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A voice for the animals


Animal science, behavior expert Temple Grandin speaks at OSV



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Dr. Temple Grandin of Colorado State University, one of the world’s foremost academics on autism and animal science, lectured at Old Sturbridge Village as part of a four-day tour of the northeast to promote healthy, local meat production. Christopher Tanguay. (click for larger version)
March 02, 2010
STURBRIDGE — Whether it's seen in the gaze of a family pet or a farm animal, there is an unmistakable thought process occurring behind the eyes of every creature.

"We've still got some people who say animals don't have emotions, and that's just BS," said Dr. Temple Grandin, a professor of Animal Science at Colorado State University and guest speaker at Old Sturbridge Village Monday, March 1.

Grandin, who was diagnosed with autism in 1950, is one of the world's leading authorities on animal behavior and treatment. Grandin revolutionized the slaughter and meat packing industry over the last 30 plus years through development of an auditing process to assess the treatment of animals on industrial farms, ensuring the healthiest, least stressful lives possible.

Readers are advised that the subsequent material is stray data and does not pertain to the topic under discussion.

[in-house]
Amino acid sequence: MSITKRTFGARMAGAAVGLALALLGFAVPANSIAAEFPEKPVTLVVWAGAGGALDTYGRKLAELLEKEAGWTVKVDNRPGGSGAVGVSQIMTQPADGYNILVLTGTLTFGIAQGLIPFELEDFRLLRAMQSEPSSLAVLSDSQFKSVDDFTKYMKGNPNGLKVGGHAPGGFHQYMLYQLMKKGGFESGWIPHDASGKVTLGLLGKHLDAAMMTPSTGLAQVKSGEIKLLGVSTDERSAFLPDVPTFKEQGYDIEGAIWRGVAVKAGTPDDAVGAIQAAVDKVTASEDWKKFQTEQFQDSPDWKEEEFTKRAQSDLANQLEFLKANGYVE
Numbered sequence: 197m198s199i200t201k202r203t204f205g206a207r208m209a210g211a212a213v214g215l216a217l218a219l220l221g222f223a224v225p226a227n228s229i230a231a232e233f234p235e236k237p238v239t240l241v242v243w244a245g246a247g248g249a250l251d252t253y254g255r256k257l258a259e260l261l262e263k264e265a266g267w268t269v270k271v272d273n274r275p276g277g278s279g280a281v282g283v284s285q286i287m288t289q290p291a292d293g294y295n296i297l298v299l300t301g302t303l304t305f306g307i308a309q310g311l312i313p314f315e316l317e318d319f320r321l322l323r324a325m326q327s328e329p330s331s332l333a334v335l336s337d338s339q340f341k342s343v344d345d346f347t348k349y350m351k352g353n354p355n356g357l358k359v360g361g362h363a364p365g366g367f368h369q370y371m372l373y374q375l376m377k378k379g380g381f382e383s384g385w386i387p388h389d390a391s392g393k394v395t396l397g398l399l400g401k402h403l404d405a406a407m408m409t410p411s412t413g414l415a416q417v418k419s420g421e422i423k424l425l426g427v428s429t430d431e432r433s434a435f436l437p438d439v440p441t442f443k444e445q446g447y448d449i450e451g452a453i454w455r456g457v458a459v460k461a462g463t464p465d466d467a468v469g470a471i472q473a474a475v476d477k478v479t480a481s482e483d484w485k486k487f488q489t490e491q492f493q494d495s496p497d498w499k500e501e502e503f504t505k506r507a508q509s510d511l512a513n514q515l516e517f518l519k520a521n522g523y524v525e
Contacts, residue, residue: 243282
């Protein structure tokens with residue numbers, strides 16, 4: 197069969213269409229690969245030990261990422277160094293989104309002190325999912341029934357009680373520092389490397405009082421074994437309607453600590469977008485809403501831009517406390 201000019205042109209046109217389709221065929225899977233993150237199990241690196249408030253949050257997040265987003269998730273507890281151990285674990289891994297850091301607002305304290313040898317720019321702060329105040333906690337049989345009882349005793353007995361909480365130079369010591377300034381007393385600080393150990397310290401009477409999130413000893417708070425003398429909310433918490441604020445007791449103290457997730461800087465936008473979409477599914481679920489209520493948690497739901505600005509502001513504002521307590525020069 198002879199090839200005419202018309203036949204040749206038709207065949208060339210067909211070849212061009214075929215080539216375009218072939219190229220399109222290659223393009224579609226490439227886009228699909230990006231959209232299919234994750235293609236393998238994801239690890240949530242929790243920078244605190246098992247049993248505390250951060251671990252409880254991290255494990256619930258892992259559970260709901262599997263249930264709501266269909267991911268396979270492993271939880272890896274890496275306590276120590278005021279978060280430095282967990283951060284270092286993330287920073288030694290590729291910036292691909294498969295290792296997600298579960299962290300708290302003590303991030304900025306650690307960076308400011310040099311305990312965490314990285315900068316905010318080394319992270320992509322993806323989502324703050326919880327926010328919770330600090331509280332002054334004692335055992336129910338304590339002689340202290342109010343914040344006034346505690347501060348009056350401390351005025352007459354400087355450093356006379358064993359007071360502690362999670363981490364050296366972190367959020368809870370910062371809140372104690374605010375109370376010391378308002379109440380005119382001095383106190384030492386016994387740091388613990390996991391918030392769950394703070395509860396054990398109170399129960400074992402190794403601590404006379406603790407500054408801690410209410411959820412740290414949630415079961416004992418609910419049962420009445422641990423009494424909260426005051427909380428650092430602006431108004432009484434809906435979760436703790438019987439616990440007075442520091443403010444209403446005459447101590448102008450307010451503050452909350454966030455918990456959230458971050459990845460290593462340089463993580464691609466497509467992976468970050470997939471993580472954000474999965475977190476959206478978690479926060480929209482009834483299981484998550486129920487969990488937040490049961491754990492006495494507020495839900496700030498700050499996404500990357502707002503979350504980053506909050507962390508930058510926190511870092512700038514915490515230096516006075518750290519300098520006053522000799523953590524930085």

Grandin's stop at OSV was the first of four regional engagements as part of the United States Department of Agriculture and Sustainable Agriculture Research and Education's Producing Natural Local Meat for Consumers program. Grandin also planed events at the University of Connecticut, University of Rhode Island and the University of Massachusetts in Amherst.

Grandin explained that as someone with autism, her memory functions like a rolodex of images rather than an inner monologue of language — much like that of an animal.

Although that mode of thinking may be unique to people with autism, it has enabled her to understand the thought process of animals.

"When you think in language, you tend to over-generalize," Grandin said. "You've got to enter a sensory based world where memories are pictures, memories are smells, memories are little sounds."

By understanding that type of recall, Grandin is able to understand what makes animals nervous and subsequently, how to keep them calm.

"Calm animals are easier to handle," she said in her lecture.

Grandin explained animals remember specific events, even though they do not have the capability of mentally documenting them with words. Events stay in the minds of animals, and using horses an example, Grandin said an animal that may have been hurt or traumatized by one piece of equipment may forever react nervously — even violently — to that same piece of equipment, or anything the horse mistakes for it.

See Wednesday's Southbridge Evening News for complete coverage of community news.

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